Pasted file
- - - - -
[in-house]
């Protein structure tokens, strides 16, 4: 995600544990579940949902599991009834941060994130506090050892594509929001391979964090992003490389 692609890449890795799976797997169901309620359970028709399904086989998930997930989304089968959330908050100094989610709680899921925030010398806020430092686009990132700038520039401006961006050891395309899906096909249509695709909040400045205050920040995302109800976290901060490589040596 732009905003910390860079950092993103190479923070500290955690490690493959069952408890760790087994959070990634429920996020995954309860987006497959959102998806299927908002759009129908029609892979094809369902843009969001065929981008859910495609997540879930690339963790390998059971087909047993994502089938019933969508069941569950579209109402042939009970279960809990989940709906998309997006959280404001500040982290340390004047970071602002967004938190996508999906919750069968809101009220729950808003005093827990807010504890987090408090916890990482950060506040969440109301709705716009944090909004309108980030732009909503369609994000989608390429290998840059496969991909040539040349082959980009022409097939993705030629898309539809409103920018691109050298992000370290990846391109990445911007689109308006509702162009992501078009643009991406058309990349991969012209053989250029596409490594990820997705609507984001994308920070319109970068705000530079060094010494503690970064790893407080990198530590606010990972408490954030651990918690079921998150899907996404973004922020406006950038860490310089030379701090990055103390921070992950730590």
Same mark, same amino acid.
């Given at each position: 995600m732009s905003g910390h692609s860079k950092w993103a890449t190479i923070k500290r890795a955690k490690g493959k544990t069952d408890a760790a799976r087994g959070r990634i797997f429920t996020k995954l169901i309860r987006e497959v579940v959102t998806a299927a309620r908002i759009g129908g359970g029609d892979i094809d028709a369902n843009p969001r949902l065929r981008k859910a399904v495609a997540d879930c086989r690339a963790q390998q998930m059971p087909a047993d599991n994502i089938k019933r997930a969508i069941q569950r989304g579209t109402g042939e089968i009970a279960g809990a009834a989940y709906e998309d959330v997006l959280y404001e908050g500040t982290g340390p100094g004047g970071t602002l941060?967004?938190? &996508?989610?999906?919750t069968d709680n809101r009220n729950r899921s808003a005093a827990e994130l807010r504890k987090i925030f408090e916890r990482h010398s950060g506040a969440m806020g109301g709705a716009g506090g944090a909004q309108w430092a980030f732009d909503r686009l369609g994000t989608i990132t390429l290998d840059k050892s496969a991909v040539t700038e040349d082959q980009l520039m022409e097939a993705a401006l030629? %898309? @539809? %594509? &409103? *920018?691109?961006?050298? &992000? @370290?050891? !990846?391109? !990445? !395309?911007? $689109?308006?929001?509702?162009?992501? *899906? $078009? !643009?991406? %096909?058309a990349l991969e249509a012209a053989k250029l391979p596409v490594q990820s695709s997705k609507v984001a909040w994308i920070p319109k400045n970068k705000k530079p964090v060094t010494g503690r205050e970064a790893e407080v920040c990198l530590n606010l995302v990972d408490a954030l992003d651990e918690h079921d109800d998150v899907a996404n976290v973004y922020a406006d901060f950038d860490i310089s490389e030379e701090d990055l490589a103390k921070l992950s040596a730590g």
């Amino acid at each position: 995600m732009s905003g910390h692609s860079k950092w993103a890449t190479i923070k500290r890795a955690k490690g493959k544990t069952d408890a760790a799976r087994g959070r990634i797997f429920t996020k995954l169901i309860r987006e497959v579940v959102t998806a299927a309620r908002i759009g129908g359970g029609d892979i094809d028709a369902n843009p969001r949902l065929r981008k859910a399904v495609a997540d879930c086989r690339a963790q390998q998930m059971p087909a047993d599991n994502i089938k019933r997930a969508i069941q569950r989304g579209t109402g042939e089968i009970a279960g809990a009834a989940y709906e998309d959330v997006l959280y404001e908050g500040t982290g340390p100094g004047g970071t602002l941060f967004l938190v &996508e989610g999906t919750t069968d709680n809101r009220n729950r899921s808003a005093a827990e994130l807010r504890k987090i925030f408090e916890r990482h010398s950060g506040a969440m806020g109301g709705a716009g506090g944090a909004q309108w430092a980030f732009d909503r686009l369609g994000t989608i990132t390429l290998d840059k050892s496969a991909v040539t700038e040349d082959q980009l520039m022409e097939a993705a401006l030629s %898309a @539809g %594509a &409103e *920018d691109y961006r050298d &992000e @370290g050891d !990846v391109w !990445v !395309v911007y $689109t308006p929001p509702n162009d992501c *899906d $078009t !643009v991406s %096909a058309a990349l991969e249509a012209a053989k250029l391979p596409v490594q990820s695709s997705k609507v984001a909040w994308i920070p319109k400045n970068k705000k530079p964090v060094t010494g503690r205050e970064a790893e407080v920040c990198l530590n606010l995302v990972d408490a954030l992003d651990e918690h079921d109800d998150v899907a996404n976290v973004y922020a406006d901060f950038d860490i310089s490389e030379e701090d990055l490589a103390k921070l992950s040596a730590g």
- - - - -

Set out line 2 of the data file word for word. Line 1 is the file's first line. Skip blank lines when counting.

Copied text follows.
């Protein structure tokens, strides 16, 4: 995600544990579940949902599991009834941060994130506090050892594509929001391979964090992003490389 692609890449890795799976797997169901309620359970028709399904086989998930997930989304089968959330908050100094989610709680899921925030010398806020430092686009990132700038520039401006961006050891395309899906096909249509695709909040400045205050920040995302109800976290901060490589040596 732009905003910390860079950092993103190479923070500290955690490690493959069952408890760790087994959070990634429920996020995954309860987006497959959102998806299927908002759009129908029609892979094809369902843009969001065929981008859910495609997540879930690339963790390998059971087909047993994502089938019933969508069941569950579209109402042939009970279960809990989940709906998309997006959280404001500040982290340390004047970071602002967004938190996508999906919750069968809101009220729950808003005093827990807010504890987090408090916890990482950060506040969440109301709705716009944090909004309108980030732009909503369609994000989608390429290998840059496969991909040539040349082959980009022409097939993705030629898309539809409103920018691109050298992000370290990846391109990445911007689109308006509702162009992501078009643009991406058309990349991969012209053989250029596409490594990820997705609507984001994308920070319109970068705000530079060094010494503690970064790893407080990198530590606010990972408490954030651990918690079921998150899907996404973004922020406006950038860490310089030379701090990055103390921070992950730590």